How to Season/Clean Cast Iron Cookware

This post is going to be a little different. I’ve seen several requests recently for info on how to season, or even on how to clean, cast iron cookware. Apparently, there aren’t too many of us still around who use it (truly sad, sad reality) – but, there are a whole lot of people who are interested in starting to use it again (YAY!!!), and they just need some help and a little information on the subject to get them started. I can help with that!!  🙂   

I am a die-hard cast iron enthusiast who has, more than once, been known to raid abandoned basements/root cellars/barns/sheds and dumpsites to rescue some poor forgotten piece of cookware from oblivion. Even a ramshackle, old, dilapidated/falling-down house or two in the process. Please do not ask for details because I would have to plead the 5th amendment to protect the not-so-innocent!  🙂  I’ve even dug up more than one of my pieces from abandoned campsites of yesteryear, that were found with only their handles still remaining above ground! Kind of hard to ignore them when you literally trip over them!  🙂  So, add that to the fact that I grew up cooking with this stuff, and it’s safe to say that I’ve learned a thing or two about how to use (and/or save) cast iron, and also what NOT to do with it.    

cast iron cabinet 1   

With that said, it turns out that you asked me at just the right time – I just so  happened to have had a pan that needed to be cleaned, and 3 others that needed to be seasoned. So, I took some picts of the process for those who (like me) learn better visually, and I shall attempt an informative mini-tutorial here on the process! Okay? Ready? Here we go…   

Rule #1 : Forget everything that the “companies” told you (IF they told you anything at all!!) about dealing with cast iron – EXCEPT that sitting your pot/pan in water to soak or filling pot/pan with water to soak for long periods is BAD!!!! VERY BAD!!! Sitting water (SOAK)+ cast iron = BAD =  major rust = major pain in butt!!! Just say “NO” and don’t do it!!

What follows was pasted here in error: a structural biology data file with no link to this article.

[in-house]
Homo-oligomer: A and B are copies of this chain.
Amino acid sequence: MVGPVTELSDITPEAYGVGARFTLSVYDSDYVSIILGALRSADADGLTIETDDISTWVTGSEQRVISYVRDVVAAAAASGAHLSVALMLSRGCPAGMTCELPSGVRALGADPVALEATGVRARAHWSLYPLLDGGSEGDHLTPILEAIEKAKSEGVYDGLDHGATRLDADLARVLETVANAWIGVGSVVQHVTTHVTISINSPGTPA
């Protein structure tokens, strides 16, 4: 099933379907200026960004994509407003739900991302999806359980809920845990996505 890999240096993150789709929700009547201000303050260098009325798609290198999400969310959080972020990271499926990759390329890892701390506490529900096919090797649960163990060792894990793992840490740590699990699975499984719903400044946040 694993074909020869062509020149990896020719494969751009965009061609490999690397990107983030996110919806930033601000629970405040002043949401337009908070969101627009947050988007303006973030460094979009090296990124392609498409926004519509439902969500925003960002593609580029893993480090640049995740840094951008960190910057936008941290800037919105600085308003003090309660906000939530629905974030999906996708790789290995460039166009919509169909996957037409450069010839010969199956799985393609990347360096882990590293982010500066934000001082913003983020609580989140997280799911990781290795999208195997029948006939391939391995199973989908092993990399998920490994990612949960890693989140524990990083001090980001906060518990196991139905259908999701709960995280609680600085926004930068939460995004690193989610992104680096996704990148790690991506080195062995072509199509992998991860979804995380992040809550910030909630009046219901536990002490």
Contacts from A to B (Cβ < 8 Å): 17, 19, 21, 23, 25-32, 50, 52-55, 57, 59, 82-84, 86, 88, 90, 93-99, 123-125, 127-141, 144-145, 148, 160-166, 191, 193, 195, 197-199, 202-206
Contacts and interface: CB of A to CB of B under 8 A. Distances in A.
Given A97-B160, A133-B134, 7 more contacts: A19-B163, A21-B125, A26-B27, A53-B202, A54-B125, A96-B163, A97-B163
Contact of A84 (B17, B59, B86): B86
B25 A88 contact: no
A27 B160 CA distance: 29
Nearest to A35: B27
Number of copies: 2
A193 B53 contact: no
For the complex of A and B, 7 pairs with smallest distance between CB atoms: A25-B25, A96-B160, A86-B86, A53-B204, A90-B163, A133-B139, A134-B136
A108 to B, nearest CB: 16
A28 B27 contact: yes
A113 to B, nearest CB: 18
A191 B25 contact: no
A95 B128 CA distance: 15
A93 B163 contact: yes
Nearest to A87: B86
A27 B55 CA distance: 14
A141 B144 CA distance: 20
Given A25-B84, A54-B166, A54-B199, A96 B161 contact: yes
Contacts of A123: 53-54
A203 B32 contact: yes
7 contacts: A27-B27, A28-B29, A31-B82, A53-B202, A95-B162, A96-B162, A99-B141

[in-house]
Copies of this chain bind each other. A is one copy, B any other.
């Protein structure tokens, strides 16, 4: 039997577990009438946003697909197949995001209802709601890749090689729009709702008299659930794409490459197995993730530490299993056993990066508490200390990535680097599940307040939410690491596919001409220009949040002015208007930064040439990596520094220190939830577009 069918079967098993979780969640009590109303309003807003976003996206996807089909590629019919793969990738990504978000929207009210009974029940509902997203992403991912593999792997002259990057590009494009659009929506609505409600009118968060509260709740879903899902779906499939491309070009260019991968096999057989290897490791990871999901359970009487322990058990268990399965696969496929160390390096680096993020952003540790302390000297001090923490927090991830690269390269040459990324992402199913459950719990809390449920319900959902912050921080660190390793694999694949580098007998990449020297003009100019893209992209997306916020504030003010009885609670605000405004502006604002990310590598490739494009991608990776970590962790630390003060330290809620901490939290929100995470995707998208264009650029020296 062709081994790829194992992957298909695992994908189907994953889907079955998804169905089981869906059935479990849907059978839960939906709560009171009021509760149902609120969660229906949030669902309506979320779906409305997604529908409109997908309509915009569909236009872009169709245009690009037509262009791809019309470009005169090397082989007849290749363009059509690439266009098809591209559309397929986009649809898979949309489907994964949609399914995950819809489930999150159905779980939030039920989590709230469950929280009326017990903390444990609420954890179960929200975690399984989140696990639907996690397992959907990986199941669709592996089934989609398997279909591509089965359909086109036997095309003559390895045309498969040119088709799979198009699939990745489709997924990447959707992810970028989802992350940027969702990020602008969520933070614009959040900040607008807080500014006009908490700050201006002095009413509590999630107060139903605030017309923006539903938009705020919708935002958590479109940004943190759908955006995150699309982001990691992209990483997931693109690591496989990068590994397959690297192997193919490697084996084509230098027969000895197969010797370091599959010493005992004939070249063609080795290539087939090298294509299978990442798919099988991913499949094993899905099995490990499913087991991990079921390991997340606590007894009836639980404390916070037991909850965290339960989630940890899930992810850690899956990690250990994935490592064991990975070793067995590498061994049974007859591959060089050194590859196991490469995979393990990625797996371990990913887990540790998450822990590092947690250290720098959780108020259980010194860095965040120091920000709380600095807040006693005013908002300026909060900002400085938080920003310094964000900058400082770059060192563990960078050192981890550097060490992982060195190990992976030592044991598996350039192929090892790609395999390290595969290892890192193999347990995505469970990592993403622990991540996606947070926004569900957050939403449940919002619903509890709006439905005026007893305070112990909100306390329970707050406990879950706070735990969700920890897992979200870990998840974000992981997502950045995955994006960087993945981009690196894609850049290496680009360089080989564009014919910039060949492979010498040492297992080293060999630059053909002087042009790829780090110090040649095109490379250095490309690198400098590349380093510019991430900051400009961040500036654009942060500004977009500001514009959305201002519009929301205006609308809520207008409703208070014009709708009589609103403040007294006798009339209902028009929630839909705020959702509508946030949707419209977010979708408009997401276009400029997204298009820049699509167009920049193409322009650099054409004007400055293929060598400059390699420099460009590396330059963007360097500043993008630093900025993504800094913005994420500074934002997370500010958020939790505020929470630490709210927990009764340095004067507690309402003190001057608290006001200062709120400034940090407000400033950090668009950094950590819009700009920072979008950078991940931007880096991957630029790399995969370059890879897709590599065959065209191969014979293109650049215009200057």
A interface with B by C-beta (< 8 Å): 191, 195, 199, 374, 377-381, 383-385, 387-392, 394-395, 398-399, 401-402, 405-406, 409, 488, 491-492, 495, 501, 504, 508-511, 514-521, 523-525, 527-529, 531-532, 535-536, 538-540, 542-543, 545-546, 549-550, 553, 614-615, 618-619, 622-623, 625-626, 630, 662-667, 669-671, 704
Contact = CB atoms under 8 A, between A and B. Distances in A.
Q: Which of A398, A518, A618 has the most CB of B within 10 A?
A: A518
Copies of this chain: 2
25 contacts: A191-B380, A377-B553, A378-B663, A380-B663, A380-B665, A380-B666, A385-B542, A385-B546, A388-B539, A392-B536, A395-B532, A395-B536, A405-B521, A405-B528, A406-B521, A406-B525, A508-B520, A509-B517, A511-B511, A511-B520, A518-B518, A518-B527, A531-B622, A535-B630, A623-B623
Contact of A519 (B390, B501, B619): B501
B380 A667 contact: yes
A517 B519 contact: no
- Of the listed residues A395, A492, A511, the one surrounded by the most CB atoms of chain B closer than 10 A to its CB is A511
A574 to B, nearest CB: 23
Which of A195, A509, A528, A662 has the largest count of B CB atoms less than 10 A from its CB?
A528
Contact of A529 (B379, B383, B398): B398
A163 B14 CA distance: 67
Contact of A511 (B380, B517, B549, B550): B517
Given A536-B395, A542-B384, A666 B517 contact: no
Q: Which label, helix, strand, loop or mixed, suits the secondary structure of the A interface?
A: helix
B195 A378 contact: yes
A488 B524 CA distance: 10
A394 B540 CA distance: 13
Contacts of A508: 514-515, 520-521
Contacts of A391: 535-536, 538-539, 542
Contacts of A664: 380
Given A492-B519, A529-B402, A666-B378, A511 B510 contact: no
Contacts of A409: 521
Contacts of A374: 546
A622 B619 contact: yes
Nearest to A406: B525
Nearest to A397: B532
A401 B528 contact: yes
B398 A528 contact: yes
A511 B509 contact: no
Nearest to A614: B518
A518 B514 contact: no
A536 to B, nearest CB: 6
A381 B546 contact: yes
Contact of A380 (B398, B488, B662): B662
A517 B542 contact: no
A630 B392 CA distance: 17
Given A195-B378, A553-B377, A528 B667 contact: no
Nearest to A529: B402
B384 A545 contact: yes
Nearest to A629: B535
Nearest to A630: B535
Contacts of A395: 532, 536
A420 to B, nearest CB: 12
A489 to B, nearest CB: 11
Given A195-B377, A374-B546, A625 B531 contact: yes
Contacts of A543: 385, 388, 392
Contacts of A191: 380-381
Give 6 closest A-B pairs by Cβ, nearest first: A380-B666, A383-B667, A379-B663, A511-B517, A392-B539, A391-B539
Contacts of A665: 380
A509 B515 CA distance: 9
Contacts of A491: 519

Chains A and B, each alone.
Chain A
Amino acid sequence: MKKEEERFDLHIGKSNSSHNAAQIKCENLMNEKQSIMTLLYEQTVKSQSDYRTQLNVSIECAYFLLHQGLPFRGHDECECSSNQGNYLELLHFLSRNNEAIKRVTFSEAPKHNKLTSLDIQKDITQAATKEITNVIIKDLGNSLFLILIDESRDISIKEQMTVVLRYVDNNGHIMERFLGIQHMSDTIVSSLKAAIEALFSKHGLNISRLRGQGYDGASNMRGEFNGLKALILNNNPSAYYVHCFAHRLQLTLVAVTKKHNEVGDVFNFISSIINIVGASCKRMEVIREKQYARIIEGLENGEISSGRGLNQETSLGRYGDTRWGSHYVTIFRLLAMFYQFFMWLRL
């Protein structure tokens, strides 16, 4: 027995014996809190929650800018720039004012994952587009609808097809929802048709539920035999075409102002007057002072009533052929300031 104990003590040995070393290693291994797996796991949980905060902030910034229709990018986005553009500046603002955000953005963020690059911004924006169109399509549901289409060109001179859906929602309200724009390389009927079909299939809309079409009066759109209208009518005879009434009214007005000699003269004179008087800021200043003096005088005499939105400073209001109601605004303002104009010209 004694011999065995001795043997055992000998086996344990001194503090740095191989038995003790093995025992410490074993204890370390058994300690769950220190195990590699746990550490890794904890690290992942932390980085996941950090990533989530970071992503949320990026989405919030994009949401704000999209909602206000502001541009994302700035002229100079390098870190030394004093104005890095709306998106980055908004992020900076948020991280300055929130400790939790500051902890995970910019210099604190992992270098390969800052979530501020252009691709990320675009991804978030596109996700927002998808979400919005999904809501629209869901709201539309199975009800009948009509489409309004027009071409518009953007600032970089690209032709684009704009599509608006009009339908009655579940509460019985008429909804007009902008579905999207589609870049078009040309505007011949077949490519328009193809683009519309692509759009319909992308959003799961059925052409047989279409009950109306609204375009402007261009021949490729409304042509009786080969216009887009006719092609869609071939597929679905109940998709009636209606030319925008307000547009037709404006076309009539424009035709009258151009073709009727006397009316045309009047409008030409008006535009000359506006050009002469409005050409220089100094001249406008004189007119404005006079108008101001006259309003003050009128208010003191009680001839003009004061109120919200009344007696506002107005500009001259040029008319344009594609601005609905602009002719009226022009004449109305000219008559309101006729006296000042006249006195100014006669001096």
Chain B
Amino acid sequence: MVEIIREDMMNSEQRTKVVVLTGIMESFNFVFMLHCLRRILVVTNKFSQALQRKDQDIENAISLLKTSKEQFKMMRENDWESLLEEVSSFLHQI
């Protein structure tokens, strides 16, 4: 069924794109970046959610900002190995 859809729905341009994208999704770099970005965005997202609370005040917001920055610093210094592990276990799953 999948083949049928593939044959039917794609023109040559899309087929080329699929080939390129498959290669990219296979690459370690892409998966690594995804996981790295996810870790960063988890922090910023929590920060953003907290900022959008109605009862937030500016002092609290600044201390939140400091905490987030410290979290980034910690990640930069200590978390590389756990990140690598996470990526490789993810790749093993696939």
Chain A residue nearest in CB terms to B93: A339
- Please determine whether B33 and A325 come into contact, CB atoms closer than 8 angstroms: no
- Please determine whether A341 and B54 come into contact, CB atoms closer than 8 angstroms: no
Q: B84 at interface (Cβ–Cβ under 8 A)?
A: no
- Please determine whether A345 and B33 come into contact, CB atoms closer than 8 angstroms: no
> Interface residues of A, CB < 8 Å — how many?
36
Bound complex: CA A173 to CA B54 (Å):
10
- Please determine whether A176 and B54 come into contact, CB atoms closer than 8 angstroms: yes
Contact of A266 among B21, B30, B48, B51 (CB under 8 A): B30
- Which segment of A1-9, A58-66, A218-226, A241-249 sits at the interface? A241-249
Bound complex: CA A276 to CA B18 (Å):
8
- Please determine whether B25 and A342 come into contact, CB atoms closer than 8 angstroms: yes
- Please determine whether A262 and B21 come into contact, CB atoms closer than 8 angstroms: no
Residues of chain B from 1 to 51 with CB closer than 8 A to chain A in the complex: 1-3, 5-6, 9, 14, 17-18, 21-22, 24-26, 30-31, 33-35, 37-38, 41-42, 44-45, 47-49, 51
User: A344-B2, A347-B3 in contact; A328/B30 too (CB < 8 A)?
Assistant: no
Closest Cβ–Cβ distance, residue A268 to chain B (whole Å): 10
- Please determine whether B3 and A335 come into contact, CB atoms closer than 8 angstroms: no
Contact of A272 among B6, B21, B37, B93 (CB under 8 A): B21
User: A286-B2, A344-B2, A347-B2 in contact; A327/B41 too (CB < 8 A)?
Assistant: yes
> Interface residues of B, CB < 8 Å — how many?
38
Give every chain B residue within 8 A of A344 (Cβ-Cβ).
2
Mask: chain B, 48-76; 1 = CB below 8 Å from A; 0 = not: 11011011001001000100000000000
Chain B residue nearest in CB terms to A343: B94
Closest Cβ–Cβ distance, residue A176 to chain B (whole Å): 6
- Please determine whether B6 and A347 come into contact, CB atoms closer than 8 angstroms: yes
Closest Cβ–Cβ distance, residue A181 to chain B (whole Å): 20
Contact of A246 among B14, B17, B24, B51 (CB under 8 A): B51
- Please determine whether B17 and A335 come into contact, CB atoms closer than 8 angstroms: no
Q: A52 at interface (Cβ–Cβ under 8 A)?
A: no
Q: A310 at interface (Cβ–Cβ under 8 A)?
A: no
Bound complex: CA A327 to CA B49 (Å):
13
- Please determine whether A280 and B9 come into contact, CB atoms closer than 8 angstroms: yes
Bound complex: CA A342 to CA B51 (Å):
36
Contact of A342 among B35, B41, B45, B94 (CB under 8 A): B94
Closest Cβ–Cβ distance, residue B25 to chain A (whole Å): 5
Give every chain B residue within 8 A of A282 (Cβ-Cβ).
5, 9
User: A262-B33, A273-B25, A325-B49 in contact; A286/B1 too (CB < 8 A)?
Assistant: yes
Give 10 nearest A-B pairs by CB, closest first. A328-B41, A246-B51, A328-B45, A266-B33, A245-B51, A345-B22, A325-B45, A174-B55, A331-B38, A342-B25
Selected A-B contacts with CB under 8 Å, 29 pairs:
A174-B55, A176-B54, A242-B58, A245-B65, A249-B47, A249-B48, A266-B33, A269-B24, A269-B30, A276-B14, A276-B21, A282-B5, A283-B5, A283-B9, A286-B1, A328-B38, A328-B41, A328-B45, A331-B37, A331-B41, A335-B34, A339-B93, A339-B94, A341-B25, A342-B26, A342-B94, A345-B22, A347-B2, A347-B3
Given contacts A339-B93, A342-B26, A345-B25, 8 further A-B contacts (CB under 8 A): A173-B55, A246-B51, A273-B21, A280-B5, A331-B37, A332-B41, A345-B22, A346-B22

Now if you happen to have a nasty rusted specimen don’t despair – we can still save it,  😉  but it will require some elbow grease and a little time on your part. I’ve saved several pieces that to look at them, it looked like it would be impossible! It just took some time, commitment and determination – and they’re still with me today. Here’s a pict of 1 now – found burried at an abandoned campsite in the woods about 16 years ago. I love this little guy – he’s sooooo cute!!! I set him on a potholder so you could get a better idea of his size – only 6 inches!!   

6 inch skillet   

6 inch skillet   

Rule #2 : Never forget Rule #1, and keep a box of Brillo Soap pads on hand for badly rusted pans, and a stiff hard plastic scouring pad on hand for normal cleaning.   

I have a SERIOUS problem with the thought of eating/cooking out of unwashed pots/pans/whatever. Old instructions tell you to never wash cast iron because you will “take the finish/seasoning off”. HOGWASH!!!! I have learned that if you’ve seasoned it right in the first place, a quick hand wash (yes – with soap), rinse and proper drying* has never yet hurt a pan! Although I suppose if I never washed it like they suggest, I would never have to re-season it either – however, it’s a small price to pay every 6 months or so for my peace of mind regarding germs! Now, in all fairness, this rule applied in the days when LYE soap was used to wash everything from hands, to clothes, to cookware. However, today’s milder dishsoaps do not contain LYE and will not suck the finish off like LYE soap did.  

 If you have a really nasty cooked on mess, you can take your metal spatula and scrape the bottom of the pan while it is still hot – scrape HARD –  to get as much of the mess up as possible. If your mess still won’t budge, run the hottest tap water you can, and fill pan up just far enough to cover mess. Leave water in pan no more than 3 min, then attack with spatula again, and then a scouring pad. That should do it!   🙂   

* To properly dry a pot/pan after washing, just wipe it as dry as you can with a towel and then place it on a stovetop burner on MED HEAT until just AFTER you see that all the water has evaporated and pan/pot looks dry. Only takes a couple of minutes to do. Just make sure that you turn the burner off at this time, and let the pan sit and cool down before you try to put it away.  🙂   

Rule #3 : Always sit a washcloth or dishtowel or plastic matt in the bottom of your sink (ESP. if you have a white enamel kitchen sink) whenever you are going to sit one of these babies in there for any reason!! If you don’t, you will spend the next several days scrubbing the black marks off of the enamel. I learned this the hard way – and I still forget on occasion!!